Here’s Looking at You, Michael Curtiz

Michael CurtizOn this day in 1761, the great astronomer Jean-Louis Pons was born. Born into a poor family, he became a caretaker at the Marseille observatory. But he gradually learned the field—mostly on his own—and began making observations himself. He seems to have had something of a photographic memory for star fields. As a result of this ability and much work, he discovered 37 comets—more than anyone else in history. Oh, how I long for late 18th century France when there was equality of opportunity!

Another great scientist, James Prescott Joule was born in 1818. He is known, of course, for the conservation of energy. Or more precisely: he showed that heat and mechanical work are equivalent forms of energy. What is most remarkable about him (to me) is that the reason he was able to do all of his very precise experimental work was that he was a master brewer, from a brewing family. And Joule’s Brewery is still in existence! Beer and Physics. You know, that sounds like a hell of an idea for a blog!

The great American writer and film director Nicholas Meyer is 68 today. He wrote the best-selling novel The Seven-Per-Cent Solution, which I haven’t read nor have I seen the movie. But he is best known for directing the two best Star Trek films: The Wrath of Khan and The Undiscovered Country. Since then, he hasn’t done much directing. He thinks of himself primarily as a writer, I think. And rightly so.

Other birthdays: the Dutch Golden Age master Wilhelm Marstrand (1810); one of the greatest chess players of all time, Emanuel Lasker (1868); illustrator Johnny Gruelle (1880); American composer Charles Wakefield Cadman (1881); engineer and nutball, Howard Hughes (1905); journalist I F Stone (1907); Helvetica typeface creator, Max Miedinger (1910); actor Ava Gardner (1922); choreographer Robert Joffrey (1930); and singer-songwriter Ricky Martin (42).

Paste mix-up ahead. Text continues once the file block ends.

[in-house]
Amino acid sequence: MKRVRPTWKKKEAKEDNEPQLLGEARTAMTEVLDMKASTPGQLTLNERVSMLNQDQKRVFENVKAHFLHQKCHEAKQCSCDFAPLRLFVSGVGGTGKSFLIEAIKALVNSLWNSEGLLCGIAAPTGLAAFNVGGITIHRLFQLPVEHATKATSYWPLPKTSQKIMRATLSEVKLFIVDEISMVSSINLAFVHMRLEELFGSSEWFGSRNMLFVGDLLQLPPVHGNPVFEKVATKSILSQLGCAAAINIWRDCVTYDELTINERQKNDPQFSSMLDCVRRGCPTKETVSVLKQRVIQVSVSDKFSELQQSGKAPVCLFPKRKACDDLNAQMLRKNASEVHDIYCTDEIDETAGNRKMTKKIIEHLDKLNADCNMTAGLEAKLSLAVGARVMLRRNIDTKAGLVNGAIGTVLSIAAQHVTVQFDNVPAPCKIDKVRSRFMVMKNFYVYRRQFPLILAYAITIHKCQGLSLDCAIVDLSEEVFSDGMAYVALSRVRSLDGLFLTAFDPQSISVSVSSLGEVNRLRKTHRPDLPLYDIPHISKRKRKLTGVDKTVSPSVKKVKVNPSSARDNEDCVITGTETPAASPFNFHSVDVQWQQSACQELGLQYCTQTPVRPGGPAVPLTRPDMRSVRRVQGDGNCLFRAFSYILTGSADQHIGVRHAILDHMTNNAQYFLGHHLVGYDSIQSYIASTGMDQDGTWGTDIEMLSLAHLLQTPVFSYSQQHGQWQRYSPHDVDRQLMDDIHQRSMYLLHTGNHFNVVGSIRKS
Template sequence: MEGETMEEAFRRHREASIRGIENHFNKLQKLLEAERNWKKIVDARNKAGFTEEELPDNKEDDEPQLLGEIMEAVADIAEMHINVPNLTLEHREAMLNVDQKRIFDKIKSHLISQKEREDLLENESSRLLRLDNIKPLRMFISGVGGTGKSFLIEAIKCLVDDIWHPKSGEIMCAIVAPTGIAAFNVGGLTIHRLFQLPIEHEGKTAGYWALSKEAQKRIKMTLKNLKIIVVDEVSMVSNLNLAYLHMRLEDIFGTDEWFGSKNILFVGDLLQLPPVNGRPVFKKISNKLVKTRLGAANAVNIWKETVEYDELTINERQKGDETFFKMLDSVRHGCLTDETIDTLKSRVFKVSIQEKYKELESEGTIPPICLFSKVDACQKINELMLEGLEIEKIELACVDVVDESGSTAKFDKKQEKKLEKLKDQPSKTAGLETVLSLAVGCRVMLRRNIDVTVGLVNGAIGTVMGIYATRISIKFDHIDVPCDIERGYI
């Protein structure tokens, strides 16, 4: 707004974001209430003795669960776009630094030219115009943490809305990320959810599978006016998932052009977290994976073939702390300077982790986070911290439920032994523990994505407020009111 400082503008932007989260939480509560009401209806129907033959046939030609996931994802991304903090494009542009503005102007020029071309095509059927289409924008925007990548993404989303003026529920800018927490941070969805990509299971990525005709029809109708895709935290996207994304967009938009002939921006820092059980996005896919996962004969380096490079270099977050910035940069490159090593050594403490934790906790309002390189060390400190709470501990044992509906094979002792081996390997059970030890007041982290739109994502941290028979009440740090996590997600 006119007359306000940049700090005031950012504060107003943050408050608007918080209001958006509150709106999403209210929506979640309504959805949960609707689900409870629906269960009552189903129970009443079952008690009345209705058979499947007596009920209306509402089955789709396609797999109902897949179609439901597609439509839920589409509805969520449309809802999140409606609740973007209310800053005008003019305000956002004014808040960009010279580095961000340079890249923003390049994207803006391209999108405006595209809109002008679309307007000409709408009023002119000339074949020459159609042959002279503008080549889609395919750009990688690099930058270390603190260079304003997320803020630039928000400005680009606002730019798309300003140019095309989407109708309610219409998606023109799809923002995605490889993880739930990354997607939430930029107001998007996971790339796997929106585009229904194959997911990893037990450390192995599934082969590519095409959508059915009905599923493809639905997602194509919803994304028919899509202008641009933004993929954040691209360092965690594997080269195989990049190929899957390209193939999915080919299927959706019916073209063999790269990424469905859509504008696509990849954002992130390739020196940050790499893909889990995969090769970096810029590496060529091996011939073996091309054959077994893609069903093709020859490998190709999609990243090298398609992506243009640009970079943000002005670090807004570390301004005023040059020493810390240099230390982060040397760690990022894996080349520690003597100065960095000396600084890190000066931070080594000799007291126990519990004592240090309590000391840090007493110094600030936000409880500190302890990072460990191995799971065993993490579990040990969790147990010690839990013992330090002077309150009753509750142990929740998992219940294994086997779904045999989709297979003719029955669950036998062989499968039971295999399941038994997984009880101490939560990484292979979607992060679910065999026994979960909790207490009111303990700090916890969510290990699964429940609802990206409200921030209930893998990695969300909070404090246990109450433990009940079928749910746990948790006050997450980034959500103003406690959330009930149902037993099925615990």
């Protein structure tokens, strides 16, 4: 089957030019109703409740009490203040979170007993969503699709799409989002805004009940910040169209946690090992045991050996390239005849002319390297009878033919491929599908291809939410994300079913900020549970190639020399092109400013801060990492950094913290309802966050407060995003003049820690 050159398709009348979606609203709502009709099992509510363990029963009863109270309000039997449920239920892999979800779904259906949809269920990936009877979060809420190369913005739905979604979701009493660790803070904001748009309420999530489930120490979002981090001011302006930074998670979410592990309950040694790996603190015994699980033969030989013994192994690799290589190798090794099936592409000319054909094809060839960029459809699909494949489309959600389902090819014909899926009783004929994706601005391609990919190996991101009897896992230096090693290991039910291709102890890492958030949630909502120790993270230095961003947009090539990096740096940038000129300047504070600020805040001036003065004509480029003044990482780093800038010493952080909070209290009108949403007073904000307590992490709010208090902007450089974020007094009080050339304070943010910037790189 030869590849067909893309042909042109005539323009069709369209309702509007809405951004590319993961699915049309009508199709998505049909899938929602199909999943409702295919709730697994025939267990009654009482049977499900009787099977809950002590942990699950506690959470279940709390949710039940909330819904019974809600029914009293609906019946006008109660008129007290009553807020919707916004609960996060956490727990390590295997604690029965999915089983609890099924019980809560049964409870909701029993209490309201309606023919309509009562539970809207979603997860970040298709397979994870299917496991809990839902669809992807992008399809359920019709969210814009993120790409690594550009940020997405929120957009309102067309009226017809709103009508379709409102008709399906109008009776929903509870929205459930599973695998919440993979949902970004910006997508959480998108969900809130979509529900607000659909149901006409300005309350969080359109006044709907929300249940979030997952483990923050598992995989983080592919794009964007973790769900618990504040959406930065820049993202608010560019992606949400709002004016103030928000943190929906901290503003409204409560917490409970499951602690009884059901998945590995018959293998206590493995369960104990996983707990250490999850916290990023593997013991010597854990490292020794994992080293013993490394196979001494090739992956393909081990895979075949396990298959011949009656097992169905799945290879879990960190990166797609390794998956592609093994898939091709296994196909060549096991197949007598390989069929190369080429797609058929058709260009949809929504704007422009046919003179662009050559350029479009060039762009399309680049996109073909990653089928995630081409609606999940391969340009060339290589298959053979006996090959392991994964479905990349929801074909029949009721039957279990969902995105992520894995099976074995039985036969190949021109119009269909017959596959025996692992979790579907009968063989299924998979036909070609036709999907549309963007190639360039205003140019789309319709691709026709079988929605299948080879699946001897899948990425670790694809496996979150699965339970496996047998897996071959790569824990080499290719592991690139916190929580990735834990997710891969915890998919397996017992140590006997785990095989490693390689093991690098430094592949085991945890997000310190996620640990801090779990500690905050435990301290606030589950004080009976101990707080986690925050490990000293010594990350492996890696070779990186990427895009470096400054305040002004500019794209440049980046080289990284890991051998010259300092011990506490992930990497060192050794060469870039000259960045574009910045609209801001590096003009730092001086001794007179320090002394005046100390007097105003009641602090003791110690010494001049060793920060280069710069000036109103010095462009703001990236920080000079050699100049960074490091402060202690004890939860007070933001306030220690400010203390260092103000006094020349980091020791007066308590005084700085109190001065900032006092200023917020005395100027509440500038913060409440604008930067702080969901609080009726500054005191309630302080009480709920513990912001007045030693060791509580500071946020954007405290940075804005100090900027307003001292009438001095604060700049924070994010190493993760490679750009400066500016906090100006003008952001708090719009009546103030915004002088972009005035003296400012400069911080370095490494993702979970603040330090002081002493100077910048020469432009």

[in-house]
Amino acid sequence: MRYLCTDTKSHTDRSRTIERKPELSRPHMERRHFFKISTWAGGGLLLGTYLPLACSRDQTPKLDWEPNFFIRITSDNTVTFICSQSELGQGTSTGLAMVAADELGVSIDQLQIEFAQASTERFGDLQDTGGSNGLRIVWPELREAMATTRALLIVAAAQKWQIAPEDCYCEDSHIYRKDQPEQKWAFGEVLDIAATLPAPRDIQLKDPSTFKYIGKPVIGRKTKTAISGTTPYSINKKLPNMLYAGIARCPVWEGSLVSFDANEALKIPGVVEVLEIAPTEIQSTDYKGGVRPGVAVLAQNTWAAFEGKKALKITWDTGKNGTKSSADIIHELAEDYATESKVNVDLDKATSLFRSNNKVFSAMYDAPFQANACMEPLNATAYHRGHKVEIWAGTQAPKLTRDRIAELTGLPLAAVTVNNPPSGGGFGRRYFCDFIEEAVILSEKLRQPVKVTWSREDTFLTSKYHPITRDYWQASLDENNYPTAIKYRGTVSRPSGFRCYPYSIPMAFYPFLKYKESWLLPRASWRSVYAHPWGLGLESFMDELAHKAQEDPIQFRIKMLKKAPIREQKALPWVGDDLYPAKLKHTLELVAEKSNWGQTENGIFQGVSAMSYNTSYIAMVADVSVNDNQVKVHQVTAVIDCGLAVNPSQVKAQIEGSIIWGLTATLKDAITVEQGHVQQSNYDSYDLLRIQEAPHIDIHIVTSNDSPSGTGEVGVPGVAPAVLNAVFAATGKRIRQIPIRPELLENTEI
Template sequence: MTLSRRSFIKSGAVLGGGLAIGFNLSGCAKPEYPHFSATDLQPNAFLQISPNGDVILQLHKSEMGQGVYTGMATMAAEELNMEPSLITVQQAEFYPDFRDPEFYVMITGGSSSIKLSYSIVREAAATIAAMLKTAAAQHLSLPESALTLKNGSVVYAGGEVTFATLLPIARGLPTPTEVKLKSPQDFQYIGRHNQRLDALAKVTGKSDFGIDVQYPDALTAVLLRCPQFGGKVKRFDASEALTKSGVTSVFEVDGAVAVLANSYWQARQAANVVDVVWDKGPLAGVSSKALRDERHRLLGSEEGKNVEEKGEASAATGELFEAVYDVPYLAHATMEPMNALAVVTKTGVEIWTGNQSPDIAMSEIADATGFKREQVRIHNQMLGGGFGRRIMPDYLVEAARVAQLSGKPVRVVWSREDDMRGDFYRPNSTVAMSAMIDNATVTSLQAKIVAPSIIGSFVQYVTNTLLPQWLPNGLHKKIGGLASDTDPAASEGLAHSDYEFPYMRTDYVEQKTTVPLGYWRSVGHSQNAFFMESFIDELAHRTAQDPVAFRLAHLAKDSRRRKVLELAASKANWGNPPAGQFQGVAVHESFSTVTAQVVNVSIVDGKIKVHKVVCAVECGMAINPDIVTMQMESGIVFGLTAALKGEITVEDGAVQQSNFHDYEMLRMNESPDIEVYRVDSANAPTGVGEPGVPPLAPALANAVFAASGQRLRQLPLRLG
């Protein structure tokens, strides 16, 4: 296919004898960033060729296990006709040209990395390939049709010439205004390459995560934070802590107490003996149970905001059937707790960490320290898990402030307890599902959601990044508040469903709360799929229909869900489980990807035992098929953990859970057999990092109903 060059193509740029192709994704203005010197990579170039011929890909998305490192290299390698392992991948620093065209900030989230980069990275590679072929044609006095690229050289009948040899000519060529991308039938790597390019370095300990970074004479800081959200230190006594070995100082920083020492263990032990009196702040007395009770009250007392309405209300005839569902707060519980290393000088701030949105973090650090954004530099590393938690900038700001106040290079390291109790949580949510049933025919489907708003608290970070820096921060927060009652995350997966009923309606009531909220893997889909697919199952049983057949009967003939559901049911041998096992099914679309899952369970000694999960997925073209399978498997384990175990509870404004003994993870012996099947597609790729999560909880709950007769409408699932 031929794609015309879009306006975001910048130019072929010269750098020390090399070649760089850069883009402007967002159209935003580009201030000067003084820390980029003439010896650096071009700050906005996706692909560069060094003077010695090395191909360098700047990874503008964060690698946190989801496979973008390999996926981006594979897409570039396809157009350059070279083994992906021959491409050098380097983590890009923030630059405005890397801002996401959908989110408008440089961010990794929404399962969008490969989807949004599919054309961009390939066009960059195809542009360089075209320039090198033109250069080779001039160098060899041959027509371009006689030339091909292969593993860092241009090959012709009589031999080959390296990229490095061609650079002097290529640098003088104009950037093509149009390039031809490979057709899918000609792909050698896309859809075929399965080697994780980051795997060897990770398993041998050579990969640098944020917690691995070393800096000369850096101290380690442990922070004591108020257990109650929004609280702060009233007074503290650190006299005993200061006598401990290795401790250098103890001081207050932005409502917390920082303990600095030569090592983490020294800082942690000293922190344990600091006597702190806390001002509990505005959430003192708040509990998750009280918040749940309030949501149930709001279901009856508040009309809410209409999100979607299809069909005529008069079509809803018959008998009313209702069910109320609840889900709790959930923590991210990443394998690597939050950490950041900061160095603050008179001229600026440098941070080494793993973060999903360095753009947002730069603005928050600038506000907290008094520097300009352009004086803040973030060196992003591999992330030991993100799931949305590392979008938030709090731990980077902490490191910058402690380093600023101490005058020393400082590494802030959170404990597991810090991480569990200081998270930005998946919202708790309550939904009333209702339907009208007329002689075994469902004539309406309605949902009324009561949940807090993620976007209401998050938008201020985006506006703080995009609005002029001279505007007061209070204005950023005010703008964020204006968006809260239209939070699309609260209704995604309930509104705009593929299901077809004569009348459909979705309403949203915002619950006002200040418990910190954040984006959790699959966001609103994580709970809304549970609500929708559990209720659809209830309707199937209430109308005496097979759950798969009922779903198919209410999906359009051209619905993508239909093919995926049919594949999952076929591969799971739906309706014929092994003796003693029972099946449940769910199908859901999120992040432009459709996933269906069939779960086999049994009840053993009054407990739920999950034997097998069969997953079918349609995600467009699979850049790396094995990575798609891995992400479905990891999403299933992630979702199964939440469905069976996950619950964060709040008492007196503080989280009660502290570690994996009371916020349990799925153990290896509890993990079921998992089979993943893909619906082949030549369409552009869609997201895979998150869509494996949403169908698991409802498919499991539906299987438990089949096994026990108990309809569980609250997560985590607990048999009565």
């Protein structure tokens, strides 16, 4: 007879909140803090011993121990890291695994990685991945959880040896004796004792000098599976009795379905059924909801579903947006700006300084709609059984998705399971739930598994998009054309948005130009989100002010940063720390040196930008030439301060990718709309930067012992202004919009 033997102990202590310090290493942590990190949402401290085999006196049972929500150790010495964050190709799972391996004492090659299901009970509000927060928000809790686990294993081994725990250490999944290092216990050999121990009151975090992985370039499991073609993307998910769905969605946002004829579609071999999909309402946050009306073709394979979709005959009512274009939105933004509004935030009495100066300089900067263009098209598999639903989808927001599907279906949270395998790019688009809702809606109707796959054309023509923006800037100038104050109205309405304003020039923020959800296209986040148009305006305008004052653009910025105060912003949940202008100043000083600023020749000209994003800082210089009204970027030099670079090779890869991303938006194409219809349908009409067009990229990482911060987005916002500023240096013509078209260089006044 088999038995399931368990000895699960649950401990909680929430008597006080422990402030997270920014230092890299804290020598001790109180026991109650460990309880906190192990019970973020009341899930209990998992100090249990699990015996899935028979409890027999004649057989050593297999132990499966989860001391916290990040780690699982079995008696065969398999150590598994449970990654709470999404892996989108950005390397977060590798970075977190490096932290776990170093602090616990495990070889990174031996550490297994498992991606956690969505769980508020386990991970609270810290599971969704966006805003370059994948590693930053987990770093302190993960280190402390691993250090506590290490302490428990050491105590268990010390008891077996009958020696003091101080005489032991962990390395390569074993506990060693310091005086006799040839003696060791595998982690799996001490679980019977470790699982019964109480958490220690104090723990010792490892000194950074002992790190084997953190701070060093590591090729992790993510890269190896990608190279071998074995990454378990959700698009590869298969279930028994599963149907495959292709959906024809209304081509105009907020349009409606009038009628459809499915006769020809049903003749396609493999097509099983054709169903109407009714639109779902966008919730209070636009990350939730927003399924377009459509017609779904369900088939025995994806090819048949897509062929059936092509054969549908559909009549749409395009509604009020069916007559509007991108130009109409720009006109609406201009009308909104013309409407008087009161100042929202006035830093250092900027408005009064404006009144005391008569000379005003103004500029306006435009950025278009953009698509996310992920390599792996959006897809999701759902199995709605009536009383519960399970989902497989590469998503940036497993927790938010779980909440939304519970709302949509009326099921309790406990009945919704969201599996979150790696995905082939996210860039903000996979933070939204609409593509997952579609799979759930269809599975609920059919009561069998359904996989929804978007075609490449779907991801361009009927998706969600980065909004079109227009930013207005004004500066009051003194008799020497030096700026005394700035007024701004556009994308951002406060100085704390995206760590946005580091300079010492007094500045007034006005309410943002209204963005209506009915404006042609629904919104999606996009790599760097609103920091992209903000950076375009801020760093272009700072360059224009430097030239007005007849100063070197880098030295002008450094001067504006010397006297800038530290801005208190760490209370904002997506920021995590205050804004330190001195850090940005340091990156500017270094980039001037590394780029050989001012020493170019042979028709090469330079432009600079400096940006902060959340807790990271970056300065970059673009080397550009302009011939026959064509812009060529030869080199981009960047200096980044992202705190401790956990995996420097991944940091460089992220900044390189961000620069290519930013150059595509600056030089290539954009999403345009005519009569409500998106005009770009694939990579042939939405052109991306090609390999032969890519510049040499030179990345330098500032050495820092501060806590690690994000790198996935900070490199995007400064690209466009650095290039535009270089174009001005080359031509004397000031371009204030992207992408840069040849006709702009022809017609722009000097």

The day, however, belongs to the great film director Michael Curtiz who was born in 1886. He is best known for directing Casablanca. To this day, I do not know why the film works so well. Yes, it’s very funny. Yes, it has some of our favorite actors. And yes, it’s great anti-Nazi propaganda from a time when most people didn’t know their full villainy. But there are all kinds of things in the film that normally I would hate. I think Ilsa behaves very poorly at the beginning, not giving Rick any space to be angry when he is clearly way over the legal limit. And then she acts like she’s a schoolgirl. Rich is too clean as the antihero and Laszlo is just too perfect generally. Yet somehow, it is still one of my favorite films.

But Curtiz didn’t just direct Casablanca. I won’t list all the great films he directed. But two that stand out to me are the Errol Flynn films Captain Blood and The Adventures of Robin Hood. He also did musicals like Yankee Doodle Dandy and The Jazz Singer. He could do anything and that is why, I think, he is not usually mentioned as one of the great directors. But I would argue that he understood the medium perfectly. He was the Martin Scorsese of his era. And I think eventually, film historians will come to see that.

Happy birthday Michael Curtiz!

This entry was posted in Uncategorized by Frank Moraes. Bookmark the permalink.

About Frank Moraes

Frank Moraes is a freelance writer and editor online and in print. He is educated as a scientist with a PhD in Atmospheric Physics. He has worked in climate science, remote sensing, throughout the computer industry, and as a college physics instructor. Find out more at About Frank Moraes.

Leave a Reply

Your email address will not be published. Required fields are marked *